Attorney General Opinion
Tuesday, December 20, 2005
Opinion No:I05-007 (R05-006)
Re: Reporting Responsibilities of Teachers and School Volunteers Under A.R.S. 13-3620
The Honorable Ted Downing
Arizona House of Representatives
Section 13-3620, Arizona Revised Statutes (“A.R.S.”), imposes a duty on specified categories of individuals to report suspected child abuse. School personnel are among those required to report to a peace officer or to child protective services if there is reason to believe that a child is the victim of abuse, neglect, physical injuries, or specified sexual offenses. You have asked the following questions relating to school teachers’ and school volunteers’ duties under this statute.
- Does a teacher satisfy the duty to report under Arizona Revised Statutes (“A.R.S.”) § 13-3620(A) if the teacher reports or causes a report to be made to the teacher’s supervisor without independently ensuring that the suspected abuse is reported to a peace officer or child protective services?
- Are school volunteers included in the class of persons required to report under A.R.S. § 13-3620(A)?
- If a school volunteer is subject to the duty to report under A.R.S. § 13-3620(A), does it make a difference if the person is volunteering to work directly with students to assist them with their lessons or to accompany students on field trips as opposed to volunteering to perform administrative tasks, such as clerical tasks or copying?
- If a volunteer is subject to the duty to report under A.R.S. § 13-3620(A), does the volunteer satisfy the duty to report under A.R.S. § 13-3620(A) if the volunteer reports or causes a report to be made to the responsible teacher or the responsible teacher’s supervisor or must the volunteer also report or cause a report to be made independently to a peace officer or child protective services?
- Teachers must immediately and independently ensure that the information regarding suspected abuse is reported to a peace officer or child protective services. Section 13-3620(A), A.R.S., (the Reporting Statute) requires all school personnel who reasonably believe that a minor is or has been a victim of child abuse or neglect to “immediately report or cause reports to be made of [the] information to a peace officer or to child protective services.” Although informing a principal or other supervisor is advisable, this does not necessarily satisfy the teacher’s duty to ensure that the information regarding the suspected abuse is conveyed to a peace officer or child protective services.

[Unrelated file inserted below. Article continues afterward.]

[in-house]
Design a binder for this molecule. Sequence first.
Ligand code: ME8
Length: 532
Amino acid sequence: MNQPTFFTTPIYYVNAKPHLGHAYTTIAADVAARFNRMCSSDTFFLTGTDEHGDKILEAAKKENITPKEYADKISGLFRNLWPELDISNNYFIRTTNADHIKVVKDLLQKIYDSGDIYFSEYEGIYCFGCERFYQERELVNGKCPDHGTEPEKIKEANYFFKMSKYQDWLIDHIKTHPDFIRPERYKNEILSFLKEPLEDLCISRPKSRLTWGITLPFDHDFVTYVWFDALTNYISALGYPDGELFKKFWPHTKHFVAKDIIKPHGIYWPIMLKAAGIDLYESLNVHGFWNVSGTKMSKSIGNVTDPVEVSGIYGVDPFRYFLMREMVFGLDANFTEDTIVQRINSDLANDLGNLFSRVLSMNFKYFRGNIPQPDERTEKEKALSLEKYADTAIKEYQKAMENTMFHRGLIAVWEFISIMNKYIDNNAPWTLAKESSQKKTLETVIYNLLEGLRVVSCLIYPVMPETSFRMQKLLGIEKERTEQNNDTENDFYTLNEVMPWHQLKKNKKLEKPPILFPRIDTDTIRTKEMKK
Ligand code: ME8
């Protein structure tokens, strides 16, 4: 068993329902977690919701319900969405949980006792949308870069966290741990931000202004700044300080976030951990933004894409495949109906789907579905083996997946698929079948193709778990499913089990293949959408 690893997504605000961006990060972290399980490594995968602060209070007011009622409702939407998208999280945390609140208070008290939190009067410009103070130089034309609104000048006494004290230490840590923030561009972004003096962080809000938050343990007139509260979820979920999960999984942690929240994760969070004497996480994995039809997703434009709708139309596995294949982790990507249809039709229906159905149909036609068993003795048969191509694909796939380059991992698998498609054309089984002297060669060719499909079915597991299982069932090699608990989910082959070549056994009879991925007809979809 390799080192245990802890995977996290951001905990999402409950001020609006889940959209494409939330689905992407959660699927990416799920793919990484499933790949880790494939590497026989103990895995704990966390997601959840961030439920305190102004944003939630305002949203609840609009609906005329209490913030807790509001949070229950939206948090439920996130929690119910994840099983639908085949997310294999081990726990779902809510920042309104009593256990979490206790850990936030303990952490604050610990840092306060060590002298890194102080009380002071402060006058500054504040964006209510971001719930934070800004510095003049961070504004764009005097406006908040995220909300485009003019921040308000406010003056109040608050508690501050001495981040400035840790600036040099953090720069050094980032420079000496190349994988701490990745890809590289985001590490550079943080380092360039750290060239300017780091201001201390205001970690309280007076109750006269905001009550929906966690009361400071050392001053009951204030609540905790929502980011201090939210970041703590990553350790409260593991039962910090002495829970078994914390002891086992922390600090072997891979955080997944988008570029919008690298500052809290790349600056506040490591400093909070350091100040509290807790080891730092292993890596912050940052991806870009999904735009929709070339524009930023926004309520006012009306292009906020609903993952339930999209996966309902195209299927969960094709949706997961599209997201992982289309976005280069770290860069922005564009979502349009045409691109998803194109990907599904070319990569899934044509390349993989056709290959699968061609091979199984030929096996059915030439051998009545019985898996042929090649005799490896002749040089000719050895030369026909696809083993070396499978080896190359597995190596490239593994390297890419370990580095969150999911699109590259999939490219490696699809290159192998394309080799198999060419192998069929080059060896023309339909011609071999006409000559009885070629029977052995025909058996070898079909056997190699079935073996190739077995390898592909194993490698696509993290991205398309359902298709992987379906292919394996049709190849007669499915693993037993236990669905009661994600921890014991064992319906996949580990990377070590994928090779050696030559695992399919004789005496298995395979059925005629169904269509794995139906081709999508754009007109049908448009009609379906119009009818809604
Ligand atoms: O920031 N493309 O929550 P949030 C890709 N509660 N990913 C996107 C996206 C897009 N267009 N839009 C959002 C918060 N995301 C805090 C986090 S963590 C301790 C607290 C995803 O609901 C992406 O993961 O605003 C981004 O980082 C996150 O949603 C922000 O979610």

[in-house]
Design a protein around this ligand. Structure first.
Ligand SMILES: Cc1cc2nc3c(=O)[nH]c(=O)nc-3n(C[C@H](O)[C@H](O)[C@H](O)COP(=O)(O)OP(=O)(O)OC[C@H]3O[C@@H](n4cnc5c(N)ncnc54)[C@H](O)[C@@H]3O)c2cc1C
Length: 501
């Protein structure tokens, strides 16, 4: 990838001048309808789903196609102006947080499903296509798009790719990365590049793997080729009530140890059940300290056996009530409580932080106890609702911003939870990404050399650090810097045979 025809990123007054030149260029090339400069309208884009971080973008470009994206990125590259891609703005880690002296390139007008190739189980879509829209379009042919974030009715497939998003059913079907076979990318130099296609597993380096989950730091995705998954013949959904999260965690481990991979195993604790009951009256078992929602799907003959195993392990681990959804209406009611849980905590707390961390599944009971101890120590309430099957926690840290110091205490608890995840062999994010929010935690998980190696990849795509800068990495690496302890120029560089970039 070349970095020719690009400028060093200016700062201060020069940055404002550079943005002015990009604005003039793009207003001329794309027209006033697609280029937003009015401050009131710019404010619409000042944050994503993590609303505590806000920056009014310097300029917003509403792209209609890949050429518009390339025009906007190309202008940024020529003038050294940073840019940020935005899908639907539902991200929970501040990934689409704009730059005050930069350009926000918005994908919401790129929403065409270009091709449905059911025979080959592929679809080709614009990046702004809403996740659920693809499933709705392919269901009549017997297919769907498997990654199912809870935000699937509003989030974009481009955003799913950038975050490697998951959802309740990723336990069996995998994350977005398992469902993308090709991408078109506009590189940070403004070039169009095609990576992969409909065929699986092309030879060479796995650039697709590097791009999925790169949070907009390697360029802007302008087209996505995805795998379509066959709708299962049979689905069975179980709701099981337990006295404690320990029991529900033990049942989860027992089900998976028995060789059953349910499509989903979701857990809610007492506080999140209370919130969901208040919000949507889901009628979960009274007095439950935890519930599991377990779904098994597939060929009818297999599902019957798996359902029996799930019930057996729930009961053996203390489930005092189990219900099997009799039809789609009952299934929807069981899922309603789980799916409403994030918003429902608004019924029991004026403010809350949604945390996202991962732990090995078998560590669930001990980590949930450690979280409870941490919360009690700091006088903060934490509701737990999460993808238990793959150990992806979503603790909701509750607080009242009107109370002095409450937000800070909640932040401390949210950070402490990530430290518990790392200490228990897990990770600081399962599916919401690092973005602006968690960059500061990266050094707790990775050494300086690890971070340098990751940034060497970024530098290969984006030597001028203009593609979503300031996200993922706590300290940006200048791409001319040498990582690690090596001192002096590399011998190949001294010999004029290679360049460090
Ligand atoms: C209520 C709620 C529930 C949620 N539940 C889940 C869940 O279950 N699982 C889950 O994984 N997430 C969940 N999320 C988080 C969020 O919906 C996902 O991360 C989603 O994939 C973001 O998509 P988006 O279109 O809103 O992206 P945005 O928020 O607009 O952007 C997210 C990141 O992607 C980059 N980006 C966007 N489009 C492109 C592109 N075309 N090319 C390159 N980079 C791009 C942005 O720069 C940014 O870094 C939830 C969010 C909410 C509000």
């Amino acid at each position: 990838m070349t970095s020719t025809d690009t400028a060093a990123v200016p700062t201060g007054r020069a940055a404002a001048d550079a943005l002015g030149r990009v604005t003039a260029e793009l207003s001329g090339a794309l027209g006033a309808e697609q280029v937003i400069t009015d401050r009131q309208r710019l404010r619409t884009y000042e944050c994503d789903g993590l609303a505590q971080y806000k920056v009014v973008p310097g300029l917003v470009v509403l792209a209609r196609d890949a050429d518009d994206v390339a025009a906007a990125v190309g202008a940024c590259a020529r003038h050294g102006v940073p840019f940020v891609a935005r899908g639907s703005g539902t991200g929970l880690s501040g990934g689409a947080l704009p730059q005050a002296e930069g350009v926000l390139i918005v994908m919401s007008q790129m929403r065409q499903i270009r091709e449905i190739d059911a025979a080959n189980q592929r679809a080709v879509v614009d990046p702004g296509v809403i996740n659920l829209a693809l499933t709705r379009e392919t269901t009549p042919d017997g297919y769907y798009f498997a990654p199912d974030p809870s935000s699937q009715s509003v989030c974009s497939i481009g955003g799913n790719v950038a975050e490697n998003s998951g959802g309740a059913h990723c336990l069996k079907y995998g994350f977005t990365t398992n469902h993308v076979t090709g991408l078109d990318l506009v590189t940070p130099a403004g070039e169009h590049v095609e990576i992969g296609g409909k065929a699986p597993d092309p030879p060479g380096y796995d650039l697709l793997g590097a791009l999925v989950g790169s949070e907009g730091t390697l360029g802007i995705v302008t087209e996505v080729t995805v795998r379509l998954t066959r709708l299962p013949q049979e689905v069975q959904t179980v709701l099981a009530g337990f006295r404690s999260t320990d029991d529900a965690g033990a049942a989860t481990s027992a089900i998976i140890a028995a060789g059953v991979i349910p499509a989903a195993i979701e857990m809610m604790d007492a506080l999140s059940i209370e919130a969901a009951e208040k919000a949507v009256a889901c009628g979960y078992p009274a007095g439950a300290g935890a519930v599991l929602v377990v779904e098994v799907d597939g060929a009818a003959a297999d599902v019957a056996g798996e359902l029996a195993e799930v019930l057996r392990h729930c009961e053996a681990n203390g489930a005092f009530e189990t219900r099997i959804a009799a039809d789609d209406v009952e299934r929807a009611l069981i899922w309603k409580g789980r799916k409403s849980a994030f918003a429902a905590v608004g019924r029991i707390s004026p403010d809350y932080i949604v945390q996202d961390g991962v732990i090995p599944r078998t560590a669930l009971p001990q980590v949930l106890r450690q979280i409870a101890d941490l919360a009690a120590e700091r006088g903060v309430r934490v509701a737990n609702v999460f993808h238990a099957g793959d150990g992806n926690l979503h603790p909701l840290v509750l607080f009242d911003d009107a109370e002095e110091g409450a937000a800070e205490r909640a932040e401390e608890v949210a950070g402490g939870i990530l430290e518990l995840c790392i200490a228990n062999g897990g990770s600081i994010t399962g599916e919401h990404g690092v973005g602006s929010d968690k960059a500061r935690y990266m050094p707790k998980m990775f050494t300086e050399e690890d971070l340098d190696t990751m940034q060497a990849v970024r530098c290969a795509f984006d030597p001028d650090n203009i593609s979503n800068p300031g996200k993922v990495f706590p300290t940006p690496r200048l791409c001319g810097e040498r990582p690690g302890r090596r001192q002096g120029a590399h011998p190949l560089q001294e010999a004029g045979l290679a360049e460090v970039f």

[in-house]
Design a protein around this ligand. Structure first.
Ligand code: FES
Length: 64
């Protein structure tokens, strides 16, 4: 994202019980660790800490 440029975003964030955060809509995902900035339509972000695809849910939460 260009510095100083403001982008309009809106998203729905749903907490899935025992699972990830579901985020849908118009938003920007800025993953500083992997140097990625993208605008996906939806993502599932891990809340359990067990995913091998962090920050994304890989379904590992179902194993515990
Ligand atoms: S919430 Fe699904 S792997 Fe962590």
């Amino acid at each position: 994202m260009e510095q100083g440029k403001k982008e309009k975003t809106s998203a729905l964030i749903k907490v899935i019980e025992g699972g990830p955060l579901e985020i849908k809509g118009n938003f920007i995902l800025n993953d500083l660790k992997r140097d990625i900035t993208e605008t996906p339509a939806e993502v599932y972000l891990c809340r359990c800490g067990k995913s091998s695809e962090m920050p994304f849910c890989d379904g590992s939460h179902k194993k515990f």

- A school volunteer is required to report suspected abuse under the Reporting Statute if the volunteer is responsible for the care or treatment of a child.
- Whether a particular volunteer has a duty to report child abuse depends on the facts and circumstances. School volunteers who perform administrative tasks or assist teachers are generally not responsible for the care or treatment of children; however, there may be volunteers who, for example, accompany children on field trips or perform other functions in which, based on the facts and circumstances, they are responsible for the care of children.
- A volunteer who has a duty to report does not necessarily satisfy this responsibility by reporting the matter to a teacher or other school employee. The volunteer must ensure the information is conveyed to a peace officer or child protective services.
Mandatory child abuse reporting statutes began appearing in the United States in the 1950s. In 1974, Congress passed the Child Abuse Prevention and Treatment Act, 42 U.S.C. §§ 5101 to 5107, requiring states to pass specific legislation targeted at child abuse. States were not eligible for federal funds to combat child abuse if they did not have a reporting statute in place. Currently, all fifty states have child abuse reporting legislation modeled after federal guidelines. The state statutes typically require mandatory child abuse reporting, grant immunity to people who report suspected child abuse in good faith, and provide either civil or criminal penalties for failure to file a mandatory report with the specified agency. See, e.g., Wyo. Stat. § 14-3-205; Ky. Rev. Stat. Ann. § 620.030.
Arizona passed its first reporting statute in 1964.(1) The current Reporting Statute mandates that people subject to the statute who “reasonably believe” that abuse has occurred report the suspected abuse to a peace officer or to child protective services:
Any person who reasonably believes that a minor is or has been the victim of physical injury, abuse, child abuse, a reportable offense or neglect that appears to have been inflicted on the minor by other than accidental means or that is not explained by the available medical history as being accidental in nature or who reasonably believes there has been a denial or deprivation of necessary medical treatment or surgical care or nourishment with the intent to cause or allow the death of an infant who is protected under §36-2281 shall immediately report or cause reports to be made of this information to a peace officer or to child protective services in the department of economic security . . . .